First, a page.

Americano is the name used for a black coffee made by brewing espresso and adding hot water. Simple right?
There is more to the preparation of an Americano than you might think and some factors to consider that will affect the taste and aroma of the end beverage. Variances in ratio, water, quality, temperature, brew time and order of preparation will all affect the flavour of your Americano.
The Americano has long been a staple of the coffee shop menu and for any customer looking for 'just a coffee'. It has a strength comparable to that of a filter coffee but differs in taste. A reason the Americano may have become a popular addition to drink menus is, as it’s espresso-based, it does away with the need to have extra brewing equipment.
In recent history Americano has replaced filter as the ‘go to’ black coffee but the difference in taste achieved by these two styles is big. Filter coffee as the name suggests uses a paper filter where all water used to create the drink has passed through the ground coffee and had chance to extract flavour from it. The paper filter traps oils and solids from the coffee whereas the metal filter in an espresso machine group handle doesn’t.
The name "Americano" has been shortened over time from "caffè Americano". A term supposedly coined by Italian baristas during World War II. The popular but unverified origin story is American G.I.s stationed in Italy were unaccustomed to the intense delights of espresso and preferred to dilute it with hot water to replicate the more familiar filter coffee of home.
A drink less familiar with European coffee drinkers, but easily confused with it, goes by the name Long Black. Originally the Americano was served as an espresso with separate water on the side, which could be added to personal preference. A Long Black, the Australasian version of the drink, is espresso poured directly onto water and served all together. Where things get ambiguous is this is how most coffee shops choose to serve an Americano and which way is best?
Whatever you want to call it, the first consideration we need to think about is the order the espresso and water are put into the cup. If the espresso goes in first and then hot water poured over it, then this could have an adverse affect on the quality of the coffee as we disturb the coffee’s ‘crema’. The reasons for this and the importance of crema are part of what makes coffee such an interesting subject to learn about. Our barista course allows for the tasting, making and understanding of why creating this drink in multiple ways affect the flavours we get in the resulting cup.
Another point to consider is why do we add the water to espresso separately? Surely we could just pass a greater volume of water through the ground coffee to produce an extra long espresso shot? Interestingly, what results is a completely different tasting drink that pulls different flavours from our coffee grounds. Is this better, worse, sweeter, more astringent? This again adds another point to consider; how much water are we, or should we be, passing through the ground coffee to make espresso. Also, how much water should we then be adding to that espresso to create an Americano? All interesting points to consider in the production of our drink.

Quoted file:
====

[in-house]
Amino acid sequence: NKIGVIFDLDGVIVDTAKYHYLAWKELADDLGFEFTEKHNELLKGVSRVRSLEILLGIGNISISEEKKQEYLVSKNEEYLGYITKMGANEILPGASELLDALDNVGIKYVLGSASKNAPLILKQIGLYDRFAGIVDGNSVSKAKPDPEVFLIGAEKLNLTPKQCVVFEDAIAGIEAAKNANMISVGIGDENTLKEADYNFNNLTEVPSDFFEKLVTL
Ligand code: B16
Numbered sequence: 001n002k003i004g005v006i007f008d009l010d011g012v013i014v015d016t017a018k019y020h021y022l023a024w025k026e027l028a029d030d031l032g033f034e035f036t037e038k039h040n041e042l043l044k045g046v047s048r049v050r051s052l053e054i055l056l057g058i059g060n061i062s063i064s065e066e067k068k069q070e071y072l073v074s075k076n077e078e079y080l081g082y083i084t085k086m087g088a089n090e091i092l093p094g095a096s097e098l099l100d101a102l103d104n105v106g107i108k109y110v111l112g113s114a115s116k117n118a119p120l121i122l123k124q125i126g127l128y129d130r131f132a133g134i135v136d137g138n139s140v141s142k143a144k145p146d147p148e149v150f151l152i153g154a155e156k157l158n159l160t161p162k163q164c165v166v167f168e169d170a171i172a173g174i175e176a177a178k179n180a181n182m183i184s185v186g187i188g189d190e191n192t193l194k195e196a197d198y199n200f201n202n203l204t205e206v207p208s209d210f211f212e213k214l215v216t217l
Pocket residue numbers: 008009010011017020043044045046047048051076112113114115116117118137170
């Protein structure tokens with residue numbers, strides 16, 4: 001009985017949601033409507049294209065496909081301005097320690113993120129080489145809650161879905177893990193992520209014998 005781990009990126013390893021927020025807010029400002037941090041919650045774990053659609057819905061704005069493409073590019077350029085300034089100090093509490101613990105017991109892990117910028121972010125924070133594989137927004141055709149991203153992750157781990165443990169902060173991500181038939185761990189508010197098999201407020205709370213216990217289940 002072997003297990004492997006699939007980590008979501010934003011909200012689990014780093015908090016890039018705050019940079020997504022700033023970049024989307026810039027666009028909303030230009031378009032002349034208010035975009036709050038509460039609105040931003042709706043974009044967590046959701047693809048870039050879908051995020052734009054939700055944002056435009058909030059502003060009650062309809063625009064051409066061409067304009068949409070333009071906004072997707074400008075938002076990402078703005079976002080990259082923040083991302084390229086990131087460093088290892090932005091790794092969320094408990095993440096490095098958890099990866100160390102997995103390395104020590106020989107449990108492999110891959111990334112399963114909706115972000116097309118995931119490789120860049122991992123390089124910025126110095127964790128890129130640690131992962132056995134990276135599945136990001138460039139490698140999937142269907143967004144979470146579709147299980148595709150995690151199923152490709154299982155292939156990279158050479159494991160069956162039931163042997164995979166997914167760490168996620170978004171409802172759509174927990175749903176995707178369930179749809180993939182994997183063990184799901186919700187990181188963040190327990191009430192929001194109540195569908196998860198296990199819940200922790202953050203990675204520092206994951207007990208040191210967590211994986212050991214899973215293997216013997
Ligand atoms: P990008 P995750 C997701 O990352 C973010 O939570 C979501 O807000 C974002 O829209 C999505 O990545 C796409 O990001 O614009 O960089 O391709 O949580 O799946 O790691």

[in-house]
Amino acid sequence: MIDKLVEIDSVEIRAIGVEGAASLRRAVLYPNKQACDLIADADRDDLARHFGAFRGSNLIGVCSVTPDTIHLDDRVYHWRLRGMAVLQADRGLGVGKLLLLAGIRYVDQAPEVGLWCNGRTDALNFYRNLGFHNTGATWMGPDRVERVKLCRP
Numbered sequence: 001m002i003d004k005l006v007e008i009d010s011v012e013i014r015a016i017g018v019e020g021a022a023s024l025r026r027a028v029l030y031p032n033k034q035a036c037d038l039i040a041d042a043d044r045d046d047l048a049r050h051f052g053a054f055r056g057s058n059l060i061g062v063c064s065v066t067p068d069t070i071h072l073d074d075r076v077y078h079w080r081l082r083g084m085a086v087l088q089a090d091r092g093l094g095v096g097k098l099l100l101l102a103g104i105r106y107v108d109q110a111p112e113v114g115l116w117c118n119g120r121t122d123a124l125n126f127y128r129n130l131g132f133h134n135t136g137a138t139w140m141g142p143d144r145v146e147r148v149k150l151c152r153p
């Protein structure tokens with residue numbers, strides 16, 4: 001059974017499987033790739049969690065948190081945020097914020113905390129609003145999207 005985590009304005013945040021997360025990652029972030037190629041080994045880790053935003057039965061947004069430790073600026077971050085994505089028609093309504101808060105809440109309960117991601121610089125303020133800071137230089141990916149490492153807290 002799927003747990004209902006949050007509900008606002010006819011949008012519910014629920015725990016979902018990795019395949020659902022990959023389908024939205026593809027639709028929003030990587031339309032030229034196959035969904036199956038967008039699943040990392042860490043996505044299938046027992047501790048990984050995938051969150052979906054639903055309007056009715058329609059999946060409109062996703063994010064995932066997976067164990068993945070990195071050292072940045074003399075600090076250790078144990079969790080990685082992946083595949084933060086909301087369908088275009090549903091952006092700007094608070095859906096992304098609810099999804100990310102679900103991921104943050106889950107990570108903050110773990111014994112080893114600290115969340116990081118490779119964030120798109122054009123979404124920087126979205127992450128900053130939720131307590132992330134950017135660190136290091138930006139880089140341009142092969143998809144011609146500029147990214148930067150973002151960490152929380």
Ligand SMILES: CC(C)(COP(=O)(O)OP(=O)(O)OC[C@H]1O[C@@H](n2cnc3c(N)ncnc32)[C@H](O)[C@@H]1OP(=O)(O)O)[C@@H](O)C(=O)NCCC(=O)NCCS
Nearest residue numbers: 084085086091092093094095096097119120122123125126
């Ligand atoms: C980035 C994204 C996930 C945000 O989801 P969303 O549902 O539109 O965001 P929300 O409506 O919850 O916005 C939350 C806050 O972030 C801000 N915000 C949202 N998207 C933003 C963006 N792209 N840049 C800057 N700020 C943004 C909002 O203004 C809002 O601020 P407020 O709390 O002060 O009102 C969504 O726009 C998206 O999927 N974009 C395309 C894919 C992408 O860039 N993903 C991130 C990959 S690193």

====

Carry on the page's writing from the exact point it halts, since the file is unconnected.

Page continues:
The quality of the water can also have a big impact on taste depending on where it is sourced. Hot water from an espresso machine, a water tower or a kettle can vary in freshness and mineral content, for example.
The next consideration is the water temperature because this has a huge impact on flavour. The espresso brewing water temperature is one point to consider, as well as the temperature of the water we add to that espresso. For example, increasing the temperature of the water we add will enhance the sweet and bitter notes of the coffee but could make it harder to detect subtler flavours. During our courses we enjoy teaching about the impacts of temperature on the flavours extracted from coffee, something that has to be tasted to be believed! Even more interesting is that as a drink cools, due to the way we perceive flavour, we are able to detect different flavours in the coffee. So how hot should we be producing, serving and drinking our Americanos?
So, that ‘just a coffee’ is more involved in its production than what you might first think. The consideration of water temperature, coffee amount, water volume, the way in which the water is added all affect the taste...to name but a few! Which way is best? We’ll let you decide.